FEATURES Patrice Rushen’s “Straight From The Heart” Still Shines 40 Years Later By Wrongtom · August 16, 2021
Photos by Bobby Holland

In 1982, Patrice Rushen was a decade deep into a respected recording career when she delivered her seventh studio album Straight From The Heart to her A&R at Elektra Records. The album was a radio-friendly set of dancefloor soul for the post-disco era and it opened with the electric boogie of lead single “Forget Me Nots.” The album seemed like a surefire hit—until her label bluntly informed her, “We don’t like anything on here.” Looking back on the incident now, Rushen is unphased. “You can be all sad,” she says, “or you can take action. So we took it into our own hands to get it to the radio.”

Being proactive came naturally to Rushen, who started learning piano at the age of 5. “My parents migrated to L.A. from the south, and were given opportunities to go to school, and they wanted us, my sister and I, to be really happy because we were good at something.”

Growing up in a lower-middle class neighborhood in South Central L.A. at the turn of the ‘60s, Rushen devoured her parents’s jazz, R&B, and pop collection—“they bought records incessantly,” she recalls—as well as the gospel and salsa that was popular in her community. In junior high, she took up the flute, and began playing in groups. “Music took on a different perspective for me, because now I’m part of an ensemble,” she recalls, telling the story as if it’s happening in real time. “Playing in an orchestra, or band—even if it’s a marching band—gave me a new respect for ensemble playing, and the colors which exist [when you put] different instruments together. It changed my piano playing as well.”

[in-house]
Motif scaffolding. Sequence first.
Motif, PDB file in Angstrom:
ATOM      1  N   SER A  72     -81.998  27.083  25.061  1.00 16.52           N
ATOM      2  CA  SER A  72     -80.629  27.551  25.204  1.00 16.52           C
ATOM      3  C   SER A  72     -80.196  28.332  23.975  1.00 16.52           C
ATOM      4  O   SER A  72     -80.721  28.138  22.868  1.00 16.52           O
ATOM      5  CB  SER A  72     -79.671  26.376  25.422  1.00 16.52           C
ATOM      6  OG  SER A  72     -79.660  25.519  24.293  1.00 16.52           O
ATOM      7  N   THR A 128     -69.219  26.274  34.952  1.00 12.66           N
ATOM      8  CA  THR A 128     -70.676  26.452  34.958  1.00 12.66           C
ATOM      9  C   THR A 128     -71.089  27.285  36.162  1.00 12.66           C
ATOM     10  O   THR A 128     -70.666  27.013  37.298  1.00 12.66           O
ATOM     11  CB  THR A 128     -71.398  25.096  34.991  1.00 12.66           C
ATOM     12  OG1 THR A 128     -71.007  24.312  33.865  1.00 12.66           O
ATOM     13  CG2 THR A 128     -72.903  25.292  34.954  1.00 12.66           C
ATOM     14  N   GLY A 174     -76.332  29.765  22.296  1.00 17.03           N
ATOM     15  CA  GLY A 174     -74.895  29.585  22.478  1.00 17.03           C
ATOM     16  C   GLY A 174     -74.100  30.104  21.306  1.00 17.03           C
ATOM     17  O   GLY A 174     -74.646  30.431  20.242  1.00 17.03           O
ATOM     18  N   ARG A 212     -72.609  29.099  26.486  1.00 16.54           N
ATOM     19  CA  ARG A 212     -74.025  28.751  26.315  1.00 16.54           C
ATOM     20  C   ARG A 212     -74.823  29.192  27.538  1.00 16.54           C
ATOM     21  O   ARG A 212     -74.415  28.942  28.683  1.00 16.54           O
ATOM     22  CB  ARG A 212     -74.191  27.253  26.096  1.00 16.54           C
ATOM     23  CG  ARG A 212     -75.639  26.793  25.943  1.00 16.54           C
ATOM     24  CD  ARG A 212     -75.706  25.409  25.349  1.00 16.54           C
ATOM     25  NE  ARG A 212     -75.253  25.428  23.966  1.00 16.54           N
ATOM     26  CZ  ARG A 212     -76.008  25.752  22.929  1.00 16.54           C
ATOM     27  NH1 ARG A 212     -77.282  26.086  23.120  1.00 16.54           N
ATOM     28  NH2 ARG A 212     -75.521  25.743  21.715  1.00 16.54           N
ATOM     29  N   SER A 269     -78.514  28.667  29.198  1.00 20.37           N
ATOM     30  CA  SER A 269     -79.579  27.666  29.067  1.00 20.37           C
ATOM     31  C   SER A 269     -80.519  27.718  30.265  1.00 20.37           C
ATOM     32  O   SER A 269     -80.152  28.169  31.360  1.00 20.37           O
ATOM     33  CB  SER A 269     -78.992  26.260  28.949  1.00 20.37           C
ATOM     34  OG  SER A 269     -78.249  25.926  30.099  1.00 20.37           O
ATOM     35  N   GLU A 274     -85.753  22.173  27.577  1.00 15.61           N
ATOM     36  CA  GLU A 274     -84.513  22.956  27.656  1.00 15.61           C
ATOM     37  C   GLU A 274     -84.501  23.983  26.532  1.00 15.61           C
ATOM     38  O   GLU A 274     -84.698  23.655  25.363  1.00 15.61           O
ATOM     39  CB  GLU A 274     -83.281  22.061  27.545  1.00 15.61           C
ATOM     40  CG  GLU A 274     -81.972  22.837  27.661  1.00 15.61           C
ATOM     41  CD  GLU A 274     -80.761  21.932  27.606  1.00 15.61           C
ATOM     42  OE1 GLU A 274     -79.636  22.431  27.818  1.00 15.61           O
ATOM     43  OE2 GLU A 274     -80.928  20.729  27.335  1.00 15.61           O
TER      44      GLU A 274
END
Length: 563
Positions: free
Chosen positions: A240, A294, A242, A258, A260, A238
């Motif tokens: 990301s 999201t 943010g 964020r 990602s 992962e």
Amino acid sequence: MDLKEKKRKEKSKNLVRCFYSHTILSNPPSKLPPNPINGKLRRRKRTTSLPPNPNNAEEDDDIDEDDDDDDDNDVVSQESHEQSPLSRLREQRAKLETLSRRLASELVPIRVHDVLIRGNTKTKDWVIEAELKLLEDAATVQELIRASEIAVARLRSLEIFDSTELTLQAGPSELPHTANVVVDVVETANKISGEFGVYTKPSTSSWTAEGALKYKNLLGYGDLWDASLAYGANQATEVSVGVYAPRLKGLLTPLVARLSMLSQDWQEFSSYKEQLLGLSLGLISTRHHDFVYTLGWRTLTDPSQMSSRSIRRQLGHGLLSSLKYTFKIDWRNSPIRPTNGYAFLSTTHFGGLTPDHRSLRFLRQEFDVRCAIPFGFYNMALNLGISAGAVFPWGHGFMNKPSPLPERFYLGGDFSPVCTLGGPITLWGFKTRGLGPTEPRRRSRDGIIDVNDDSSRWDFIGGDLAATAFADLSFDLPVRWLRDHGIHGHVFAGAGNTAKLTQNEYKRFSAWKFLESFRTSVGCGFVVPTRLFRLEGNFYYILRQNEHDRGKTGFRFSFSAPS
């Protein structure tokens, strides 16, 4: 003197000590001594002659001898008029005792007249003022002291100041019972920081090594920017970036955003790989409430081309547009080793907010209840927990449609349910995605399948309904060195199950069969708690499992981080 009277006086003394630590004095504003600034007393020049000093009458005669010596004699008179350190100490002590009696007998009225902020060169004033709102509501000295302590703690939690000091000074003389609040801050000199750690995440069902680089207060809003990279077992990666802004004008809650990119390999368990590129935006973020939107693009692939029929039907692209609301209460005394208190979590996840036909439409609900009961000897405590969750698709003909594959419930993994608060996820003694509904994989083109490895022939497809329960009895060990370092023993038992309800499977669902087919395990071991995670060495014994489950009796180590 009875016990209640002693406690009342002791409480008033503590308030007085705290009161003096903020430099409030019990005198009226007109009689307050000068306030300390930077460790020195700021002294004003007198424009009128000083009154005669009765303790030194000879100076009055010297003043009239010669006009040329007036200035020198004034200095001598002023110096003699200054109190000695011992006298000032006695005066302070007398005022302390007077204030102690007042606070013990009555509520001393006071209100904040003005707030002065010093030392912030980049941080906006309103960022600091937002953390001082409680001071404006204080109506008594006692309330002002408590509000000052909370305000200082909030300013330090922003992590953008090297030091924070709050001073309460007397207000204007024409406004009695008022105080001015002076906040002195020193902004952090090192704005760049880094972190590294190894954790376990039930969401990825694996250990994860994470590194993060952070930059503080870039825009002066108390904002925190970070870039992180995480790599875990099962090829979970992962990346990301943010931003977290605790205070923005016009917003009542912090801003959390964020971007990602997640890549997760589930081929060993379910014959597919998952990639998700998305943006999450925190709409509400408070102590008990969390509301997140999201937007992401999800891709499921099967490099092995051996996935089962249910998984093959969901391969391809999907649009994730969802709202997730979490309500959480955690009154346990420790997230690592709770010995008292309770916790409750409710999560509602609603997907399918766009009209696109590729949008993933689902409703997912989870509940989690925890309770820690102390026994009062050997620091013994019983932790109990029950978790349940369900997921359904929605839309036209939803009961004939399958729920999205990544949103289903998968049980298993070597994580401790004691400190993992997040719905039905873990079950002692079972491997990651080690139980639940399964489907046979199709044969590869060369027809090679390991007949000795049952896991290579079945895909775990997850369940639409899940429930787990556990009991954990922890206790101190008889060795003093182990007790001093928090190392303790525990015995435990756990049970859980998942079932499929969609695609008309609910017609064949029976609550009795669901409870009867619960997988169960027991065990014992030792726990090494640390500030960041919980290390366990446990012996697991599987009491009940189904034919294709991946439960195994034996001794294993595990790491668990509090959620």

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In her teens, Rushen joined Msingi Workshop, a collective of young jazz musicians who caught the ear of legendary composers like Oliver Nelson, Tom Scott, and, most notably, Quincy Jones. “What do you want to do?,” asked Jones, after hearing Rushen’s arrangement of Herbie Hancock’s “Watermelon Man.” “Oh sir, I wanna write,” she told him. “Well you’re gonna have to be very, very good,” he replied.

“I thought that was the most odd thing to say,” Rushen remembers. “Why wouldn’t you wanna be very good? But I understood later that what he was saying was that there were gonna be some additional hurdles in my journey that were gonna be based on gender bias, racism, and the possibility of just being told what I can’t do.”